Title: Registration of Zak ERA8 soft white spring wheat germplasm with enhanced response to ABA and increased seed dormancy Authors
|Schramm, Elizabeth -|
|Kidwell, Kimberlee -|
Submitted to: Journal of Plant Registrations
Publication Type: Peer Reviewed Journal
Publication Acceptance Date: February 14, 2014
Publication Date: February 14, 2014
Repository URL: http://https://www.crops.org/publications/jpr/articles/8/2/217?highlight=&search-result=1
Citation: Martinez, S., Schramm, E.C., Harris, T.J., Kidwell, K.K., Garland Campbell, K.A., Steber, C.M. 2014. Registration of Zak ERA8 soft white spring wheat germplasm with enhanced response to ABA and increased seed dormancy. Journal of Plant Registrations. 8(2)217-220. DOI: 10.3198/jpr2013.09.0060crg. Interpretive Summary: Mature wheat grain can germinate on the mother plant if it gets rained on before the farmer has a chance to harvest it. This preharvest sprouting results in financial losses to farmers when the grain must be sold as feed instead of being used to make flour. This is because initiation of germination breaks down the starch in the grain, so that when it is ground into flour it makes bread that won't rise properly. The released line, ZakERA8 contains, a new gene that increases seed dormancy thereby preventing germination on the mother plant.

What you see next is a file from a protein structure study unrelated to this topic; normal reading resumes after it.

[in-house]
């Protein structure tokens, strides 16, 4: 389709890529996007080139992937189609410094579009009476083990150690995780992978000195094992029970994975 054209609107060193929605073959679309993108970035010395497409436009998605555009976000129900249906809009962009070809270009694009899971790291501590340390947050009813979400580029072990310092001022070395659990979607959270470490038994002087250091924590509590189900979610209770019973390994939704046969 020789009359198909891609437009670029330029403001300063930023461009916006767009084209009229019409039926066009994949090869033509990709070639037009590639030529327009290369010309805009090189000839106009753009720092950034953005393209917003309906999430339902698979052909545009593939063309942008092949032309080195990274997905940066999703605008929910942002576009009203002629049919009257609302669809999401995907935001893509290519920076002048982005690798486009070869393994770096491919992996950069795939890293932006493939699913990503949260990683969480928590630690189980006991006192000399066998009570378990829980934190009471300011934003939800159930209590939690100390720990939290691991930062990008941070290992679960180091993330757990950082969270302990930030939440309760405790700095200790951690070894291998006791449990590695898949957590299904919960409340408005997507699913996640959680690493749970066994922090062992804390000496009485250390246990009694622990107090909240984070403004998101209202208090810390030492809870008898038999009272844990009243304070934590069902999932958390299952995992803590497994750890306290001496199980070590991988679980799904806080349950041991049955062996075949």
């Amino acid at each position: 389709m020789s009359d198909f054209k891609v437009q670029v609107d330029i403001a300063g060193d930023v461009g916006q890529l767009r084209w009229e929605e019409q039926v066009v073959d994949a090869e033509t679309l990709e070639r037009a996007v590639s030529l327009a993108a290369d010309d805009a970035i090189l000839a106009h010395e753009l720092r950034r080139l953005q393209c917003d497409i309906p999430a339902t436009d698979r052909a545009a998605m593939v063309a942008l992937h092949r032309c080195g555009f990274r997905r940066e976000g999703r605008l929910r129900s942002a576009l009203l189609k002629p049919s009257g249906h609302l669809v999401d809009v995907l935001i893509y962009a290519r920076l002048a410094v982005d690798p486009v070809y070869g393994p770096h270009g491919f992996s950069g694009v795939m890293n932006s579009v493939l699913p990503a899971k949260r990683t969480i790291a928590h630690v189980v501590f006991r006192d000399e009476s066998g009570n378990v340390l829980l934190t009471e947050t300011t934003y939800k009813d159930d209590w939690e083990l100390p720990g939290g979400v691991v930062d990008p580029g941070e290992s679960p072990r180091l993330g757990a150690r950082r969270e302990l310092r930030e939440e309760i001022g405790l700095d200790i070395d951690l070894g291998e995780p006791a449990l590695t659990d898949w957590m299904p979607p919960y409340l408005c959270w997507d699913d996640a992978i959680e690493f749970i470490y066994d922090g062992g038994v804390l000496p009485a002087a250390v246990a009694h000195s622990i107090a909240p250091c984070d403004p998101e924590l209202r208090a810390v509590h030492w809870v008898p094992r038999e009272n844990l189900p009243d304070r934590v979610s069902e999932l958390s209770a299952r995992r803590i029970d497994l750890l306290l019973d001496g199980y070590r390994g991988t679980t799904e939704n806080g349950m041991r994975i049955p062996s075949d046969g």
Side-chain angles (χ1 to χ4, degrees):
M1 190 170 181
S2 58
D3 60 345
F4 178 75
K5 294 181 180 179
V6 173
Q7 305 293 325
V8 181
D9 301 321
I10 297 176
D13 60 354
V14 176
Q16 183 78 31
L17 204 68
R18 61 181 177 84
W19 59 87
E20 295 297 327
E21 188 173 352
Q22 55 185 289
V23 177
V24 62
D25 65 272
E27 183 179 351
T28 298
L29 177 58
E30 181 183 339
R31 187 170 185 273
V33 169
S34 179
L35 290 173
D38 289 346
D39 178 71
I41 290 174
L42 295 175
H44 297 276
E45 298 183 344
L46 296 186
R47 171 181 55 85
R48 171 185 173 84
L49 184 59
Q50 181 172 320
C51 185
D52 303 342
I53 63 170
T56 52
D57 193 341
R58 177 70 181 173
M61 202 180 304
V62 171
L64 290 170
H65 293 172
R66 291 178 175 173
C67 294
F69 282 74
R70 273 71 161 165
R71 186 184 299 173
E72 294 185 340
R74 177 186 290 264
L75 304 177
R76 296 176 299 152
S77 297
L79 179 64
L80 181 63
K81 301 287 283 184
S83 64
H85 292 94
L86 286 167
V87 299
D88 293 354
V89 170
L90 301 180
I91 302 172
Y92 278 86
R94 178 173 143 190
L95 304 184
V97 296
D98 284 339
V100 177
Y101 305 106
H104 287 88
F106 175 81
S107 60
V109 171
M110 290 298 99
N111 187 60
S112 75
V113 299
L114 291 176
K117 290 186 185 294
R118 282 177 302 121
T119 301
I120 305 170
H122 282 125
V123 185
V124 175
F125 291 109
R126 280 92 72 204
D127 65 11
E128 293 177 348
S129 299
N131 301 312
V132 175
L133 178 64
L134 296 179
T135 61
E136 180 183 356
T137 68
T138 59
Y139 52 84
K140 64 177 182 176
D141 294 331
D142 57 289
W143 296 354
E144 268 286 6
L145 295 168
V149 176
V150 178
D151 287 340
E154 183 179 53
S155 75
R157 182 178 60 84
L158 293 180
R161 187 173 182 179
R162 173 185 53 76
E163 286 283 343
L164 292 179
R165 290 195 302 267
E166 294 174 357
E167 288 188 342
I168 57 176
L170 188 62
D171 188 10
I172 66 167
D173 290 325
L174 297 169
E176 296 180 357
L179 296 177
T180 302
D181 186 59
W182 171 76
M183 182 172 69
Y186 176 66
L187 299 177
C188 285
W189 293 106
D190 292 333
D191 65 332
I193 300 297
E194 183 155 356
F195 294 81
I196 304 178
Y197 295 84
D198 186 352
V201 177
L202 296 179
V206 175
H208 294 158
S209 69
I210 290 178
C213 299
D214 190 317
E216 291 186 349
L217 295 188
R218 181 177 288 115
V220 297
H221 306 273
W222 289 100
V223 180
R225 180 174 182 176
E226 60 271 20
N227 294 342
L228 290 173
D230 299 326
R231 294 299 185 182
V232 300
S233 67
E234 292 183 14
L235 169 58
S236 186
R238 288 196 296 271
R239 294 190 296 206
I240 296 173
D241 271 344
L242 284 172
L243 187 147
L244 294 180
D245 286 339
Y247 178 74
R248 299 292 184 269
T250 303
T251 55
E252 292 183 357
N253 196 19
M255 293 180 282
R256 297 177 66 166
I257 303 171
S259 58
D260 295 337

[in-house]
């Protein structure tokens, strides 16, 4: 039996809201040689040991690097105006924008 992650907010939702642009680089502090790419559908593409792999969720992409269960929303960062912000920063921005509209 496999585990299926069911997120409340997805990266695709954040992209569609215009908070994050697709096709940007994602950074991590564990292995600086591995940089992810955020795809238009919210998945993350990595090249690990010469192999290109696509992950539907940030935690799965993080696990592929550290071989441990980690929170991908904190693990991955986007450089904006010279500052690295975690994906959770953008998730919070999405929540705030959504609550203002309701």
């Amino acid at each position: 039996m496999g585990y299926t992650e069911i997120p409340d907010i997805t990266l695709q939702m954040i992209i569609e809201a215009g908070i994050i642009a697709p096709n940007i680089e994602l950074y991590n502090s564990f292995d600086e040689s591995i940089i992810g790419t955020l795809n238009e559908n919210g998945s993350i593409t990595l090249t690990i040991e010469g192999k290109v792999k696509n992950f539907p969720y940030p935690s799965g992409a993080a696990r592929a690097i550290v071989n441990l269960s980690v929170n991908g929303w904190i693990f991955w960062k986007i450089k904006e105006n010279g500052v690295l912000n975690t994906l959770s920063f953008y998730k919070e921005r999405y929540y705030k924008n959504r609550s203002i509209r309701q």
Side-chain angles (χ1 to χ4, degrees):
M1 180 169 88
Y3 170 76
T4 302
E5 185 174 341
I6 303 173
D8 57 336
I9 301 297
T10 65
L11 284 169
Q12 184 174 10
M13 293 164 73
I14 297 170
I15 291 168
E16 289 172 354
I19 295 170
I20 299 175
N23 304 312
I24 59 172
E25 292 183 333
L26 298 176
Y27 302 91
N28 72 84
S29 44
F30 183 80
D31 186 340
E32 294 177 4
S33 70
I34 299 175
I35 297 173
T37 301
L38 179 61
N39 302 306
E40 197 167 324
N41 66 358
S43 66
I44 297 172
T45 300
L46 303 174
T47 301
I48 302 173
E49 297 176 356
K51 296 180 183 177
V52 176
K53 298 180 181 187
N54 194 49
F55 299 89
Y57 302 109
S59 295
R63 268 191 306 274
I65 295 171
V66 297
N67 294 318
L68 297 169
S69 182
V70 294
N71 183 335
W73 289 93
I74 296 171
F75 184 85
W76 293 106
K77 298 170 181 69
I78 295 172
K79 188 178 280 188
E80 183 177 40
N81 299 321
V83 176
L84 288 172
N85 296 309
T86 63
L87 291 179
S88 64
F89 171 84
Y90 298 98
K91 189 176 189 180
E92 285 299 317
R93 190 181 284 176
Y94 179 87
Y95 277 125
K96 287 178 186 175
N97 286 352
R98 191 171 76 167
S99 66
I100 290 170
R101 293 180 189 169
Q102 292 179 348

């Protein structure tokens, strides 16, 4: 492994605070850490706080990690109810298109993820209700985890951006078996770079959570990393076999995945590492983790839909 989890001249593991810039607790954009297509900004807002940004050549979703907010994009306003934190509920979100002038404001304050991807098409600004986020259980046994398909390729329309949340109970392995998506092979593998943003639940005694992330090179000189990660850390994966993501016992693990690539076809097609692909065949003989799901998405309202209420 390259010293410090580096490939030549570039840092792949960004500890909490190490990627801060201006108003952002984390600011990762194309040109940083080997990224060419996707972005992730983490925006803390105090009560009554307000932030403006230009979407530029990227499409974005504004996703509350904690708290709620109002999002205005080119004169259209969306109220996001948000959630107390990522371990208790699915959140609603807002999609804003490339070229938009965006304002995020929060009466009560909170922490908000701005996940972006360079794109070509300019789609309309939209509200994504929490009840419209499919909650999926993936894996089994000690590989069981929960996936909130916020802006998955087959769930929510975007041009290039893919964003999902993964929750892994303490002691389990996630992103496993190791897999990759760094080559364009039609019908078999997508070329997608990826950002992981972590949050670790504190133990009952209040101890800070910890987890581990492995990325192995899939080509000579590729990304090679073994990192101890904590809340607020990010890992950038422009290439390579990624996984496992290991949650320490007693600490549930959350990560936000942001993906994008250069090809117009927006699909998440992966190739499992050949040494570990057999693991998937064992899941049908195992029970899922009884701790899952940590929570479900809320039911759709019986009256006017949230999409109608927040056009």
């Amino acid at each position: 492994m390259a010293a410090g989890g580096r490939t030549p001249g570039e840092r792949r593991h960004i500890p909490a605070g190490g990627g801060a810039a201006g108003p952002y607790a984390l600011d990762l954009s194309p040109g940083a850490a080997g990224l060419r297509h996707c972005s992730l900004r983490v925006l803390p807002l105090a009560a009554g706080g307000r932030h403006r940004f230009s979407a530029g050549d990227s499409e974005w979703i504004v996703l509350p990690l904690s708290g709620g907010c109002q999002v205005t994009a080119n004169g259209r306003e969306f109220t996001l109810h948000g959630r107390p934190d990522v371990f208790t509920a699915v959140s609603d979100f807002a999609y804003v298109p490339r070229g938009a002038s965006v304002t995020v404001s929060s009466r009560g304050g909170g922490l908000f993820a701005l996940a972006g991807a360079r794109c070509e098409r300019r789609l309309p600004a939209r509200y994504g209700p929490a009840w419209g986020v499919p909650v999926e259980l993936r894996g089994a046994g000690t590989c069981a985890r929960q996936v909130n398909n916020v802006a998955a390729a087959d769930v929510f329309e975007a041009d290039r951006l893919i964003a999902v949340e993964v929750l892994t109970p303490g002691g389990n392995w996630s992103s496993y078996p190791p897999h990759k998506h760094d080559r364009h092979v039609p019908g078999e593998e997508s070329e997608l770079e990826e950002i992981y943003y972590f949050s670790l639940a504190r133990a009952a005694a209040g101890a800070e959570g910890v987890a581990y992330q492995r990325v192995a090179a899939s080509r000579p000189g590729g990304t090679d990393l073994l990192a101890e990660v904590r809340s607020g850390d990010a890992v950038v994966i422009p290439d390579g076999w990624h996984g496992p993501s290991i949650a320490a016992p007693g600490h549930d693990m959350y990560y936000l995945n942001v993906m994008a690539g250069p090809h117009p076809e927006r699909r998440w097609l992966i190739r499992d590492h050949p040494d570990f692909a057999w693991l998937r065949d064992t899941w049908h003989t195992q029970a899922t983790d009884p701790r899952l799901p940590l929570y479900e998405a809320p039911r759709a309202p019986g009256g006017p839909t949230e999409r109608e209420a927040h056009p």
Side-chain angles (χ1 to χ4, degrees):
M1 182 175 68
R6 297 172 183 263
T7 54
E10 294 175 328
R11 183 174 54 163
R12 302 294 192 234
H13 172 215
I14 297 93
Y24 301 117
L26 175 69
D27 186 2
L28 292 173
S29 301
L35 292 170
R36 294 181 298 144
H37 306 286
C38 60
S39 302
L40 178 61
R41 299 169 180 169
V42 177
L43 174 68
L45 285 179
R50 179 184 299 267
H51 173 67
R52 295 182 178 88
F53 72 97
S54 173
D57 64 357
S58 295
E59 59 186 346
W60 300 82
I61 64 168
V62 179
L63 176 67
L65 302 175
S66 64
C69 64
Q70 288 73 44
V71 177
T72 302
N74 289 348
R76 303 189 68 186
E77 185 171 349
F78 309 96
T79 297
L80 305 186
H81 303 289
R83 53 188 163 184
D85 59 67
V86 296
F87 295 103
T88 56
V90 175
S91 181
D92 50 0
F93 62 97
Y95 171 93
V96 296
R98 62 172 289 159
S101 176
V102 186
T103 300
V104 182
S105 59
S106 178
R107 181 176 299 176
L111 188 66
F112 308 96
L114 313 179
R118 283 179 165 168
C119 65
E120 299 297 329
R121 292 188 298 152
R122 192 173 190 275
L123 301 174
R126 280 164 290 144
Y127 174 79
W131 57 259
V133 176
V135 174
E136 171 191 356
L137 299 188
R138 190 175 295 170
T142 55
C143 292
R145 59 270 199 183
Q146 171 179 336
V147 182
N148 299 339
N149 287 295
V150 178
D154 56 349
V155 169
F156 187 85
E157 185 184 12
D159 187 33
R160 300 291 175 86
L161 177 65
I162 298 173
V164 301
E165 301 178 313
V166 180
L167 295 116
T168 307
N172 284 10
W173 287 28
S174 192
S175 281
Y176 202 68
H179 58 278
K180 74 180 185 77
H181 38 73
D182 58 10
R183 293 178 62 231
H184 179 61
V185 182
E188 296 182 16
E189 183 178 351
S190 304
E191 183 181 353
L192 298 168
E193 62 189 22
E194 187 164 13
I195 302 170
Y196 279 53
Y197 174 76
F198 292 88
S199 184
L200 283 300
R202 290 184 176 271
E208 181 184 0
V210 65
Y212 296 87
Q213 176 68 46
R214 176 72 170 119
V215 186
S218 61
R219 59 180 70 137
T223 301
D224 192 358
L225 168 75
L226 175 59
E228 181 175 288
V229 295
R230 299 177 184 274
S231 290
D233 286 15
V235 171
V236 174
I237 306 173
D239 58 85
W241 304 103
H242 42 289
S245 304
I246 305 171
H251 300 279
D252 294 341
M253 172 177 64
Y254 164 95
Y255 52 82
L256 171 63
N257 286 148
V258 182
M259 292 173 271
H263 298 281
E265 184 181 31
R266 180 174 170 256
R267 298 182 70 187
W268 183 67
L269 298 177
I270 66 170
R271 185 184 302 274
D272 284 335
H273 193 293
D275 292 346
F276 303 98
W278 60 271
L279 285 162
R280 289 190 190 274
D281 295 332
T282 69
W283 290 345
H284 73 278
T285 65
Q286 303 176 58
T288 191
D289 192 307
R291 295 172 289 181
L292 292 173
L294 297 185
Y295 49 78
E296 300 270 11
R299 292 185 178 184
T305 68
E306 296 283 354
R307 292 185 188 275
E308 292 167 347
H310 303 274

Technical Abstract: ZakERA8 is a unique mutant line selected from mutagenized soft white spring 'Zak' that has increased seed dormancy as a result of enhanced responsiveness to the plant hormone abscisic acid (ABA) during germination. This germplasm was developed by USDA-ARS, Pullman, WA in collaboration with Washington State University. The ERA8 mutation was generated by EMS mutagenesis, and selected for the inability to germinate on ABA concentrations too low to impede wild-type Zak seed germination. The resulting ABA hypersensitive mutants have increased seed dormancy. The rationale is to use increased the seed dormancy to prevent preharvest sprouting at maturity. The semi-dominant ZakERA8 line has been backcrossed to normal Zak, resulting in end-use quality and agronomic traits similar to those of the original Zak cultivar.